Yeah, Michael, I noticed that there were some PTZ cameras put in here. That seems to be a kind of a trend among some churches sort of getting into the video. Was this the Vaddio system that you put in?
Michael Benedetti: Yes it was. It was their newest, latest greatest stuff that they just debuted last year, their HD stuff, production view stuff, so the cameras that I opted for were HD-18s. They are high-definition cameras with full pan/tilt/zoom capabilities on them. [Timestamp: 3:59]

OK, and they were going to use those for the services and I guess whatever else they do there. What other events go on there?
Benedetti: Yeah, the idea behind it was to pretty much capture the entire sanctuary or be able to capture it and that would be anything from their regular worship services down to… They occasionally use their sanctuary for social events, children’s recitals; they’ve got Bible study sometime in there that they use the cameras for, and also the idea to be able to actually do stuff like weddings and that sort of thing and be able to project that on the screen. And that would be pretty tough to cover without having the remote capabilities on the cameras to focus in on different areas of the sanctuary. [Timestamp: 4:47]

Yeah, you were talking about the projection system, now do they use that for just graphics or do they do IMAG and all that the kind of fancy stuff?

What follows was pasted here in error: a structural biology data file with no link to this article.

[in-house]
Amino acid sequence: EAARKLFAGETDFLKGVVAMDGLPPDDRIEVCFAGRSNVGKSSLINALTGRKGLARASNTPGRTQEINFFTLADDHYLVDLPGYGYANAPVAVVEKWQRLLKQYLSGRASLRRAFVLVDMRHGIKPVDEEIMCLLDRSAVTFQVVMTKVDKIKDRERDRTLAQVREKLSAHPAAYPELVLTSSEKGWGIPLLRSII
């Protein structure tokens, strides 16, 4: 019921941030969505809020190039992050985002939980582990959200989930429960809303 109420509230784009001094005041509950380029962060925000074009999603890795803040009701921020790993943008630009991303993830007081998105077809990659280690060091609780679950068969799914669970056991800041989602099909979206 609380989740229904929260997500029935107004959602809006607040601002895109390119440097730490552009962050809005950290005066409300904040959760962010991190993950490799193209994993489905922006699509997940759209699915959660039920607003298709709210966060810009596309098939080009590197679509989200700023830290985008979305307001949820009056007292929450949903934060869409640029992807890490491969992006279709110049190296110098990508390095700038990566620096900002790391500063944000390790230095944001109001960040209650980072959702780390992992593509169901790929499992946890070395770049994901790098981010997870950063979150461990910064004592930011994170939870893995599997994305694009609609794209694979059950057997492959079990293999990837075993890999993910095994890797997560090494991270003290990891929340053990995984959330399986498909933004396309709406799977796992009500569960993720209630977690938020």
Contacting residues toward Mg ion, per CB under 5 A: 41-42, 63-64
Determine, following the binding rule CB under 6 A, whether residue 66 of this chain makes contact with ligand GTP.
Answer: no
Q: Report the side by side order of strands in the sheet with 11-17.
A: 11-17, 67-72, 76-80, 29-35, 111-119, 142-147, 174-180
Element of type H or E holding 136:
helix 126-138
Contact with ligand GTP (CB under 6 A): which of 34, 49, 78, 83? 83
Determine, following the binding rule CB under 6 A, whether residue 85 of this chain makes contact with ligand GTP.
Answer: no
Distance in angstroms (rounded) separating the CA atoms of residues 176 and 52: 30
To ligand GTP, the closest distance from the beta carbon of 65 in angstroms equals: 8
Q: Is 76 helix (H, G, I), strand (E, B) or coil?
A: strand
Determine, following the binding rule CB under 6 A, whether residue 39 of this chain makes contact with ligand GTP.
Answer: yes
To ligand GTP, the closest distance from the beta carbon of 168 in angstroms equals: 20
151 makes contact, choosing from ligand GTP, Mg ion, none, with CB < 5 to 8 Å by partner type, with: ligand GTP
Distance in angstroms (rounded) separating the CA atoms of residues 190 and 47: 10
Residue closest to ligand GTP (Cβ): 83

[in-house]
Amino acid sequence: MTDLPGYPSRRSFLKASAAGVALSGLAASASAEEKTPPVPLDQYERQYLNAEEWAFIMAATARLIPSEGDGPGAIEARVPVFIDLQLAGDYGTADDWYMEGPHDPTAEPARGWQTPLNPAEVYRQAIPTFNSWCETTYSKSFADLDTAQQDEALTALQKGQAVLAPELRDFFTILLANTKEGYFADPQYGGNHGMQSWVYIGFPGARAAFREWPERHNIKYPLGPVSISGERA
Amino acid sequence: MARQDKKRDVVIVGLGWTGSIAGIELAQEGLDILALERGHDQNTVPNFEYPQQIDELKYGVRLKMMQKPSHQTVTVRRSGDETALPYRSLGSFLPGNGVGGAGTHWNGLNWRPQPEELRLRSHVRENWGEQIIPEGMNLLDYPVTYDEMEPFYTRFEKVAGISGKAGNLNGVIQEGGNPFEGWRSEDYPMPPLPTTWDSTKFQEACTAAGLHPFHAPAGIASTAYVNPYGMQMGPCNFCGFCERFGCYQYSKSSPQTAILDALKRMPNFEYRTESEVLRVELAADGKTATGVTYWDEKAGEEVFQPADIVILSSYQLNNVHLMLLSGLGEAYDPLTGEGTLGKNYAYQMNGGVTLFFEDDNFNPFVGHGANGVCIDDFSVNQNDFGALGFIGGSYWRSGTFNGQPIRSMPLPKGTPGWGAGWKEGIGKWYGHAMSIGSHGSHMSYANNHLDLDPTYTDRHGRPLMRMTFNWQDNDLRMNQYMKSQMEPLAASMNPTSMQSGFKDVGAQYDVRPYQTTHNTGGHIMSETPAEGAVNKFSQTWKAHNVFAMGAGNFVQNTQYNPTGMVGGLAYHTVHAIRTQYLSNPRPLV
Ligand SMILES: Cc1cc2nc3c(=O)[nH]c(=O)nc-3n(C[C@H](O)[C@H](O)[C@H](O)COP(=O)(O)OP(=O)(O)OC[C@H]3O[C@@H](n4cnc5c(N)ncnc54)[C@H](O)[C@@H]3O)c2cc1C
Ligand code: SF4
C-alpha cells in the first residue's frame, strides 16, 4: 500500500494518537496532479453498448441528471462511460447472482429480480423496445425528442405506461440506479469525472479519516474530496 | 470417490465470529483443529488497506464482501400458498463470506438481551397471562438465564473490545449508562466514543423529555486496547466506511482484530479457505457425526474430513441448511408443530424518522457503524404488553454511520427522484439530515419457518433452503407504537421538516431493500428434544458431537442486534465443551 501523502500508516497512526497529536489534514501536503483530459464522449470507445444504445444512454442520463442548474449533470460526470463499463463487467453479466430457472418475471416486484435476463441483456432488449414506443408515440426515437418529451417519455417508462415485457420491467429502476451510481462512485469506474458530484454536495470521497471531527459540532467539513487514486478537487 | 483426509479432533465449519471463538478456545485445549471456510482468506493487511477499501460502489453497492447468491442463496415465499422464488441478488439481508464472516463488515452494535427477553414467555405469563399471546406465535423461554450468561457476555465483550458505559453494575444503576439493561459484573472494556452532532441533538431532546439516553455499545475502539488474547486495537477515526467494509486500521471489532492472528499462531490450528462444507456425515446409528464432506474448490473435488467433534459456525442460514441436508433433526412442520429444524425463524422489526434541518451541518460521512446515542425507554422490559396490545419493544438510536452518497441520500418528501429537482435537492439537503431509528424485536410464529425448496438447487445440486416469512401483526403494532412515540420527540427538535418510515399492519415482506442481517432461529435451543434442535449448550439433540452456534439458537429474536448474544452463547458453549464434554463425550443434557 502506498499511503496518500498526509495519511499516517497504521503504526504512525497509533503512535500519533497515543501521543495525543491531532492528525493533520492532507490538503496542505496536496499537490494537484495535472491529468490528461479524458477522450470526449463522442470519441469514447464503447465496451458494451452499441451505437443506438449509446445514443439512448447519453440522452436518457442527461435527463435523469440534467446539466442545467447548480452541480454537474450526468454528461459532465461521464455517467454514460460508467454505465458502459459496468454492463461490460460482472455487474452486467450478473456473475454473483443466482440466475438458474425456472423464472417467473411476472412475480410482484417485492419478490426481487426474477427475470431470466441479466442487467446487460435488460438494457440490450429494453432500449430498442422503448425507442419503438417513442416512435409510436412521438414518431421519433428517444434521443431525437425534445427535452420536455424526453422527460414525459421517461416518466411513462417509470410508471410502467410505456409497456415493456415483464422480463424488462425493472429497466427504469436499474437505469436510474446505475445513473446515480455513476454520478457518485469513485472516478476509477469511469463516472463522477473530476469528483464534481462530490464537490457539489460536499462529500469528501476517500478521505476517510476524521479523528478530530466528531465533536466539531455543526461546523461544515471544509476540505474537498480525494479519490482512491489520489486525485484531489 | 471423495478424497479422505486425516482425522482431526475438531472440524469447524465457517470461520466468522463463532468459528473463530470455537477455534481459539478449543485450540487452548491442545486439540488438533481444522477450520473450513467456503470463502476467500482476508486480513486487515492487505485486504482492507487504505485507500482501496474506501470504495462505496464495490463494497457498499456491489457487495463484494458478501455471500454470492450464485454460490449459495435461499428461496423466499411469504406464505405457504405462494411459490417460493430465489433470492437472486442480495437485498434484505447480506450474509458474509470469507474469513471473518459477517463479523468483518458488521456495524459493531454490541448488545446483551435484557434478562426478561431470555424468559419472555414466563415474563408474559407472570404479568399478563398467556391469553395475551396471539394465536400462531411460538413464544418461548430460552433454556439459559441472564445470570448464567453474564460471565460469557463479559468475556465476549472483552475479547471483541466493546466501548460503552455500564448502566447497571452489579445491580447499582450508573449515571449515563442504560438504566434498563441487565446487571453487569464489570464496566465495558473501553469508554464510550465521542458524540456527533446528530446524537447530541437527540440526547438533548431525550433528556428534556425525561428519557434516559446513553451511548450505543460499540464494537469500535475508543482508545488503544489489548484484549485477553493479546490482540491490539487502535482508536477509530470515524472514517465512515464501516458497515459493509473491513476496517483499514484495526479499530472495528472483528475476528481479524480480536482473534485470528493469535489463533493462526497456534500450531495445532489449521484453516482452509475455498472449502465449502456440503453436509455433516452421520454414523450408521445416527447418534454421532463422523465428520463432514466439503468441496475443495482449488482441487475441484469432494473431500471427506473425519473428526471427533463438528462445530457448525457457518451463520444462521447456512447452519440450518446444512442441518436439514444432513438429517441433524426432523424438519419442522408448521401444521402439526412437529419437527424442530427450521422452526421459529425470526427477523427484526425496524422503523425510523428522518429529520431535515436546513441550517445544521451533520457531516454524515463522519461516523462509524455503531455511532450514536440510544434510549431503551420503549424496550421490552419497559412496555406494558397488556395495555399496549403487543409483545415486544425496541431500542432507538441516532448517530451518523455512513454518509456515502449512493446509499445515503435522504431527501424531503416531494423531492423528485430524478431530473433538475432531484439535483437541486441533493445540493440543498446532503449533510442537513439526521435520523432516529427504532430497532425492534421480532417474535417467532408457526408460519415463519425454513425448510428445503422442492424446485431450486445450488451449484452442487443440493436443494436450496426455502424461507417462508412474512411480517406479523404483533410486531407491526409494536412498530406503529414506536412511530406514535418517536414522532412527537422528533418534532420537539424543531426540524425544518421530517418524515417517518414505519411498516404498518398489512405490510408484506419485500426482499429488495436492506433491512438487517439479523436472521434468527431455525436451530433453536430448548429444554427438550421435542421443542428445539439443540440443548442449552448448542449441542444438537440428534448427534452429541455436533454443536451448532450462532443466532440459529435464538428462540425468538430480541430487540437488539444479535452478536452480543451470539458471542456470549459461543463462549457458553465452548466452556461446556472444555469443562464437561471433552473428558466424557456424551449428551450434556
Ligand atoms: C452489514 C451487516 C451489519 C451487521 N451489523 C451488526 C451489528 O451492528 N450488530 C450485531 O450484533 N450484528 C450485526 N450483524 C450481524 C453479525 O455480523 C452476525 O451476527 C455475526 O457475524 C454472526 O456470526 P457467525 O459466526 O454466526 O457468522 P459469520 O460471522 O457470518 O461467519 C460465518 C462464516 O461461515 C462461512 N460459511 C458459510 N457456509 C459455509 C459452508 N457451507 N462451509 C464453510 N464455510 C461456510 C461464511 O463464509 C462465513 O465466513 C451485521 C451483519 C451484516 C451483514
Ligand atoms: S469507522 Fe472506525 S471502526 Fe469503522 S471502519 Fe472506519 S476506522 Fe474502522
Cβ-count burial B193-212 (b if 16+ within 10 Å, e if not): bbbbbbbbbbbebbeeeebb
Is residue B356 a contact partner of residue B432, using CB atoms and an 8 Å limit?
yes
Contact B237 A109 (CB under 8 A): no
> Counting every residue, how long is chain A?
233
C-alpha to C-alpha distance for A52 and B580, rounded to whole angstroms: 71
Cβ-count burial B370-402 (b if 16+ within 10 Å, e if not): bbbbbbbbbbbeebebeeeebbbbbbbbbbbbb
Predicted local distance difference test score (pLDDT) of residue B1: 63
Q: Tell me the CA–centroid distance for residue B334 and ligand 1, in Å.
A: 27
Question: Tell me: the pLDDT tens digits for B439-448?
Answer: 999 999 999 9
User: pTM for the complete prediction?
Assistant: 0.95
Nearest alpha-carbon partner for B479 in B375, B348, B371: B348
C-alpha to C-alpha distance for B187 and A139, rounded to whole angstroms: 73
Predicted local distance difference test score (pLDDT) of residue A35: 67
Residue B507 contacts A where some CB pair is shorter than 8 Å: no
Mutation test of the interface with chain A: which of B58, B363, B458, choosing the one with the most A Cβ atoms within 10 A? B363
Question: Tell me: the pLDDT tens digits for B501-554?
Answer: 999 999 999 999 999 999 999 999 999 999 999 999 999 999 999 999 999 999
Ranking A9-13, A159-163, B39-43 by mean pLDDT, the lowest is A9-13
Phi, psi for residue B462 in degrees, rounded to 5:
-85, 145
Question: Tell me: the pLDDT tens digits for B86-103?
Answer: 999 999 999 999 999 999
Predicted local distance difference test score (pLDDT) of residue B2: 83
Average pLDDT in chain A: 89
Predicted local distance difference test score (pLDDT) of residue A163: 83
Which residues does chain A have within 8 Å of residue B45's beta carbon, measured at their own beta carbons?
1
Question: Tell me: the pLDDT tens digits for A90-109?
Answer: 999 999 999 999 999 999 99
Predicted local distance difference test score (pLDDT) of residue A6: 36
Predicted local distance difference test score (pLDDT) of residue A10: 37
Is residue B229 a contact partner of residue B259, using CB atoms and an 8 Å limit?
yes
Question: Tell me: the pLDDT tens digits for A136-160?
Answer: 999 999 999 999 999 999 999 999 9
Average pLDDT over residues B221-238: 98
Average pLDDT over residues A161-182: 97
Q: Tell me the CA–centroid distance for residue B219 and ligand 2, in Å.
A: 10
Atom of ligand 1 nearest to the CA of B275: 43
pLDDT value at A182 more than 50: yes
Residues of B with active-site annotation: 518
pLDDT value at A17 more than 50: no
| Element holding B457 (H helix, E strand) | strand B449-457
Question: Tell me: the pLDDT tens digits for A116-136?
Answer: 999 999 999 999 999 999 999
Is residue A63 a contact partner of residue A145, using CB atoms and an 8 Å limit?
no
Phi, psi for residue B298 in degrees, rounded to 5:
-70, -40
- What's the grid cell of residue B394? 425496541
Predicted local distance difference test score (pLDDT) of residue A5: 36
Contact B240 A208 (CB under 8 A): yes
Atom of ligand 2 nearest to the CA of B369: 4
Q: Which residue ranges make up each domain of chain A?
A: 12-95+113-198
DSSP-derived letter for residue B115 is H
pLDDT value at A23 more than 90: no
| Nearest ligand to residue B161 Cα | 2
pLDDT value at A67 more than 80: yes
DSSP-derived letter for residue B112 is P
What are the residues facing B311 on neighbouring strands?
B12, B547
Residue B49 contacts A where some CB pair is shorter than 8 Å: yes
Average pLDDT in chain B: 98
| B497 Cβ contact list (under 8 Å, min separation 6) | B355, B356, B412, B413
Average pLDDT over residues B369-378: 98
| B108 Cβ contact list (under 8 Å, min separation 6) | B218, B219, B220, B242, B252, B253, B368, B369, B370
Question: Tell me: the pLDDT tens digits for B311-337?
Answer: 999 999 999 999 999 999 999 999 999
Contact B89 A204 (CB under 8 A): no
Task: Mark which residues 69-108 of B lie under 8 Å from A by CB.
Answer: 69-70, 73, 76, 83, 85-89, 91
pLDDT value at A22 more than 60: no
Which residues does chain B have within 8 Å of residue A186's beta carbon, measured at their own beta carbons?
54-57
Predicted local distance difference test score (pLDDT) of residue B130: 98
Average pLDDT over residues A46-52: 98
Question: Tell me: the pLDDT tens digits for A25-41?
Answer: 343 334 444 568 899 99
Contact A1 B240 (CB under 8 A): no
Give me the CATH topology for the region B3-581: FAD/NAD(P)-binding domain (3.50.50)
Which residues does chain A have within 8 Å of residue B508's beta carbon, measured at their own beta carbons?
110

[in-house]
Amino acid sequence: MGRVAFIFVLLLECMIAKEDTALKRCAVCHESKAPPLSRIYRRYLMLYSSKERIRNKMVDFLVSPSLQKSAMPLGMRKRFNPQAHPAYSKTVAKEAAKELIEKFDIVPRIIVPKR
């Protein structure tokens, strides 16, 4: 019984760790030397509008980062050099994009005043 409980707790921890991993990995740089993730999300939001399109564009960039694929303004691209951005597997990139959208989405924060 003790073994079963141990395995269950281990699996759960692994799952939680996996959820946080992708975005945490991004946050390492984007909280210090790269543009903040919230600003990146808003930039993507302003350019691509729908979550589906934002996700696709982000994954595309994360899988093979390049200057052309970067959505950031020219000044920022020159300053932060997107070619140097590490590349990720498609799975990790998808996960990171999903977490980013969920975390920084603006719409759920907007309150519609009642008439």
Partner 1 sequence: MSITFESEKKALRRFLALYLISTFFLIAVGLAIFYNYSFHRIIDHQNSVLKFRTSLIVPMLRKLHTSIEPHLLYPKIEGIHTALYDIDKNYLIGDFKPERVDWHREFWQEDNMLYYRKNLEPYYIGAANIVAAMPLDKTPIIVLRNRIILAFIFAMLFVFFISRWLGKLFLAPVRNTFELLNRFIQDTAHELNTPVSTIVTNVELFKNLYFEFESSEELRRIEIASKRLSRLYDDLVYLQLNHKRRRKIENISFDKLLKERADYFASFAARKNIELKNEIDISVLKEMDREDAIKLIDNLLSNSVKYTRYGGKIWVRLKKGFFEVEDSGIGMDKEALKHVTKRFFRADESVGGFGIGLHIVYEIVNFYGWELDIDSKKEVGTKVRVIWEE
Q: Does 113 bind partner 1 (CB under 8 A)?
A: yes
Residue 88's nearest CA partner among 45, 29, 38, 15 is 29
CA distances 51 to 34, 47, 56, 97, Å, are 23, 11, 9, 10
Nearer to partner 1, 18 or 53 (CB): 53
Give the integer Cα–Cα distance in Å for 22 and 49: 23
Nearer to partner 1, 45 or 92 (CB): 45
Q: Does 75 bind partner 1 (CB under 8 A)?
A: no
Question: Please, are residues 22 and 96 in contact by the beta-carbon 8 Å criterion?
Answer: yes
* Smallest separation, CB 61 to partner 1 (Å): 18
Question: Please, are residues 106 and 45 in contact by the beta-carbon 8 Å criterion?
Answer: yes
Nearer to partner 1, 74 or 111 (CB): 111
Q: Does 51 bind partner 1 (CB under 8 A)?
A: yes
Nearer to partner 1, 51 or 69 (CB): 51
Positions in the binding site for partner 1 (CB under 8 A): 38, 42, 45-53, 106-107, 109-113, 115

Benedetti: Well, the main projection system in the sanctuary is used mainly for not so much IMAG—it’s not a terribly large church. I mean they do use it for IMAG to a certain extent, but a lot of what they use it for is for graphics—Sunday bulletin kind of stuff, upcoming events, the hymn lyrics, just general information coming out of what would normally be in the pew books they could now enlarge and put up on the screen so everybody could see it and doesn’t really need to follow along with the book; a lot of computer graphics kind of stuff from PowerPoint onto DVDs. They have inspirational DVDs that they show. They will have like a children’s night or something on a Friday night and show an inspirational DVD, and they do that right there in the sanctuary. [Timestamp: 5:50]

OK, and what kind of projectors are they using for that?
Benedetti: For the projectors in there, I chose the NEC NP4001s and outfitted those with the 10ZL zoom lenses. We opted for front projection on those; those are 4500-ANSI-lumens projectors. We tried desperately to put rear projection in there; that was the initial design. Due to the architectural constraints of that particular house of worship there, it was very difficult to get the projectors where they needed to go in order to successfully do rear projection, so about mid-way through the project we made the decision and we got together with the congregation and the pastor and made the decision to switch it to front projection, which actually worked out pretty well. [Timestamp: 6:44]